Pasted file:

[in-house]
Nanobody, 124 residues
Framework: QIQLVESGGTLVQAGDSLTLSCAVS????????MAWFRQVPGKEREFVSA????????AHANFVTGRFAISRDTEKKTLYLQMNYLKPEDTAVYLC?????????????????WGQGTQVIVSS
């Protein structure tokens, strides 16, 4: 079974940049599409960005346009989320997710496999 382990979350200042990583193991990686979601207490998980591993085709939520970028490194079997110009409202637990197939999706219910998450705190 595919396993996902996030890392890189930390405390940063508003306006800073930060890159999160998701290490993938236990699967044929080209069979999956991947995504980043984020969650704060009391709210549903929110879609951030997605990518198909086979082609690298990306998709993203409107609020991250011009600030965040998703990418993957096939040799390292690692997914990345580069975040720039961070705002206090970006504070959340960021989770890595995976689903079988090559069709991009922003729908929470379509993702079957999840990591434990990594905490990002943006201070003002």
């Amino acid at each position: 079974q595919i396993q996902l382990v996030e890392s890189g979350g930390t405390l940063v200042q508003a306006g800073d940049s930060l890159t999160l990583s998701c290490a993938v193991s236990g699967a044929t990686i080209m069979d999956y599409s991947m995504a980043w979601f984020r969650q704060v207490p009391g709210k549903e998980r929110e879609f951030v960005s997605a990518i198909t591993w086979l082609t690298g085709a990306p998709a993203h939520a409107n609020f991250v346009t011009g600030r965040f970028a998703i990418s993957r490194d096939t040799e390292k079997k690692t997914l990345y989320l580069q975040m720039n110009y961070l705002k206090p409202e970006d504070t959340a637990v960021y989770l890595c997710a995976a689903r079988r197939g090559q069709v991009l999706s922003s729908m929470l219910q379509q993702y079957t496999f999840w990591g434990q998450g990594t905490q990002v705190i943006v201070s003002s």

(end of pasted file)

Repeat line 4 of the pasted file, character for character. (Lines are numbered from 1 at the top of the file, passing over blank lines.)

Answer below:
């Protein structure tokens, strides 16, 4: 079974940049599409960005346009989320997710496999 382990979350200042990583193991990686979601207490998980591993085709939520970028490194079997110009409202637990197939999706219910998450705190 595919396993996902996030890392890189930390405390940063508003306006800073930060890159999160998701290490993938236990699967044929080209069979999956991947995504980043984020969650704060009391709210549903929110879609951030997605990518198909086979082609690298990306998709993203409107609020991250011009600030965040998703990418993957096939040799390292690692997914990345580069975040720039961070705002206090970006504070959340960021989770890595995976689903079988090559069709991009922003729908929470379509993702079957999840990591434990990594905490990002943006201070003002």